• Understandability (Maintainability characteristics): Code possesses the characteristic understandability to the extent that its purpose is clear to the inspector.
• Flexibility (Maintainability characteristics, Modifiability): Code possesses the characteristic modifiability to the extent that it facilitates the incorporation of changes, once the nature of the desired change has been determined.
The lowest level structure of the characteristics hierarchy in Boehm’s model is the primitive characteristics metrics hierarchy. The primitive characteristics provide the foundation for defining qualities metrics – which was one of the goals when Boehm constructed his quality model. Consequently, the model presents one more metrics supposedly measuring a given primitive characteristic.
Though Boehm’s and McCall’s models might appear very similar, the difference is that McCall’s model primarily focuses on the precise measurement of the high-level characteristics “As-is utility”, whereas Boehm’s quality model is based on a wider range of characteristics with an extended and detailed focus on primarily maintainability.
Dromey’s Quality model(1995):
Dromey has built a quality evaluation framework that analyzes the quality of software components through the measurement of tangible quality properties. Each artifact produced in the software life-cycle can be associated with a quality evaluation model. Dromey gives the following examples of what he means by software components for each of the different models:
• Variables, functions, statements, etc. can be considered components of the Implementation model;
• A requirement can be considered a component of the requirements model;
• A module can be considered a component of the design model;
According to Dromey, all these components possess intrinsic properties that can be classified into four categories:
• Correctness : Evaluates if some basic principles are violated.
• Internal : Measure how well a component has been deployed according to its intended use.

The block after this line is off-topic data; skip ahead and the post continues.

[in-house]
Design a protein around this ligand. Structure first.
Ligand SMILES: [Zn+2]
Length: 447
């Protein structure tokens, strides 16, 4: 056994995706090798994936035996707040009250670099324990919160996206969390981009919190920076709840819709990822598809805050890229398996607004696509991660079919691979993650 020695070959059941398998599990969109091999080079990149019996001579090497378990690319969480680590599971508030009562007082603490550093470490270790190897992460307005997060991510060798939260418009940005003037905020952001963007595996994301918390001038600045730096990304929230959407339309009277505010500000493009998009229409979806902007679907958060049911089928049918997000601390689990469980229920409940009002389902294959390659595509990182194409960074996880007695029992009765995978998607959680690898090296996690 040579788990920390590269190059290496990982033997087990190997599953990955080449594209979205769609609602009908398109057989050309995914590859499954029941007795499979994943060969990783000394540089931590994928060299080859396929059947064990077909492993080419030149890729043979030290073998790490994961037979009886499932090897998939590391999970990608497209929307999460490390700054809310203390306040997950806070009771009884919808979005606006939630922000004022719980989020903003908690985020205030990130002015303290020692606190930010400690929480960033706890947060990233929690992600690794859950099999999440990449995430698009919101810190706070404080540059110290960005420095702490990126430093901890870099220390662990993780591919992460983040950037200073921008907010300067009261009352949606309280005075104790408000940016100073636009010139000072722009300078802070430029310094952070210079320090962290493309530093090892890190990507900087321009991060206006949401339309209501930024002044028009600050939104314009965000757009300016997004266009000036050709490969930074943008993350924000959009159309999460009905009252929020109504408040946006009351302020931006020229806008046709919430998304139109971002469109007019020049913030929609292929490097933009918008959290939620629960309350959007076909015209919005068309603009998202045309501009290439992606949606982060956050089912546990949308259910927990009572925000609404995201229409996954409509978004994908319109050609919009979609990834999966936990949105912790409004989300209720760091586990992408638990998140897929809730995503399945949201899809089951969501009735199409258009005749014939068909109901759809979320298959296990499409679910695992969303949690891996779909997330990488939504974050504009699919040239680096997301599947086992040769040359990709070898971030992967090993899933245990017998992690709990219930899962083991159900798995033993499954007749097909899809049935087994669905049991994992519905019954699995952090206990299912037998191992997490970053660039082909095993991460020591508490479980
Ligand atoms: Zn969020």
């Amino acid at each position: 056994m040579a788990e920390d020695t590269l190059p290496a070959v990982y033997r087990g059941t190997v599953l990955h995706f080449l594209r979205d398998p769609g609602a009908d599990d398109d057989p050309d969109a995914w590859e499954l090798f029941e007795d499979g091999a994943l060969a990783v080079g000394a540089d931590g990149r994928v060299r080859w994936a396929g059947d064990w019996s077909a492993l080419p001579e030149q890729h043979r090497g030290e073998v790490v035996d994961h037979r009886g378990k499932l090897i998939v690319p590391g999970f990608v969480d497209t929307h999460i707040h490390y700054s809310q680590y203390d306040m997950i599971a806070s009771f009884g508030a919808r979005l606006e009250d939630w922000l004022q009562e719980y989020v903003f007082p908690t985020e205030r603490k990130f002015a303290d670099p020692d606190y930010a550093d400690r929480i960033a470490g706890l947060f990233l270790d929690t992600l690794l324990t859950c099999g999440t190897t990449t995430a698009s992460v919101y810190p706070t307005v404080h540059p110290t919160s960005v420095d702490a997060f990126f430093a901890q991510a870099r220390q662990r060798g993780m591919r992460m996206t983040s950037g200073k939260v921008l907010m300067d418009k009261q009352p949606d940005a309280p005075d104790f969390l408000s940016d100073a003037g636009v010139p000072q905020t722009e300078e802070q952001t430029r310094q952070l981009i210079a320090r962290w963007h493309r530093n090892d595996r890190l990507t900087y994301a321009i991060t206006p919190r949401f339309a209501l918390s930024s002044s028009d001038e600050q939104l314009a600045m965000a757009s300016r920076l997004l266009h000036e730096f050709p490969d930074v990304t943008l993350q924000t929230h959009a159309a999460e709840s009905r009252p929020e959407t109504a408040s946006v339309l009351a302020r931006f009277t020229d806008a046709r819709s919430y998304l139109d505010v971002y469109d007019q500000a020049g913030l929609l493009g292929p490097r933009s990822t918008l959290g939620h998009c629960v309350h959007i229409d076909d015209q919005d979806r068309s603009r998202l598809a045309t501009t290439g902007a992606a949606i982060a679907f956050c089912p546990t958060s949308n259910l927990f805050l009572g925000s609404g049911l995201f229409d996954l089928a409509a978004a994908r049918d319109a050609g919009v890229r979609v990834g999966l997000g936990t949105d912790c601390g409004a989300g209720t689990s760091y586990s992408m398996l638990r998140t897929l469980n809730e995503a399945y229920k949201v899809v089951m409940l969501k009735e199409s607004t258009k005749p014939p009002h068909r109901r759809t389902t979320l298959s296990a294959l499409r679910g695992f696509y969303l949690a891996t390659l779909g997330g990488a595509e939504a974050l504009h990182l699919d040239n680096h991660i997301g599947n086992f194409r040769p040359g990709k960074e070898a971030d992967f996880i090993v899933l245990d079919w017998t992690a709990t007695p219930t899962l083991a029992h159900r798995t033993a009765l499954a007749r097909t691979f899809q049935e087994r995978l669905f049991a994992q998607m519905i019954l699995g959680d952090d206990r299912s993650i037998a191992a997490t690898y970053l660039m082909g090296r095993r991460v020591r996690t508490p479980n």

• Contextual : Deals with the external influences by and on the use of a component.
• Descriptive : Measure the descriptiveness of a component (for example, does it have a meaningful name.) Dromey proposes a product based quality model that recognizes that quality evaluation differs for each product and that a more dynamic idea for modeling the process is needed to be wide enough to apply for different systems. Dromey is focusing on the relationship between the quality attributes and the sub-attributes, as well as attempting to connect software product properties with software quality attributes.
This quality model presented by R. Geoff Dromey is most recent model which is also similar to McCall’s and Boehm’s model. Dromey proposes a product based quality model that recognizes that quality evaluation differs for each product and that a more dynamic idea for modeling the process is needed to be wide enough to apply for different systems. Dromey focuses on the relationship between the quality attributes and the sub-attributes, as well as attempts to connect software product properties with software quality attributes.
1) Product properties that influence quality.
2) High level quality attributes.
3) Means of linking the product properties with the quality attributes.
Dromey’s Quality Model is further structured around a 5 step process:
1) Choose a set of high-level quality attributes necessary for the evaluation.
2) List components/modules in your system.
3) Identify quality-carrying properties for the components/modules (qualities of the component that have the most impact on the product properties from the list above).
4) Determine how each property effects the quality attributes.
5) Evaluate the model and identify weaknesses.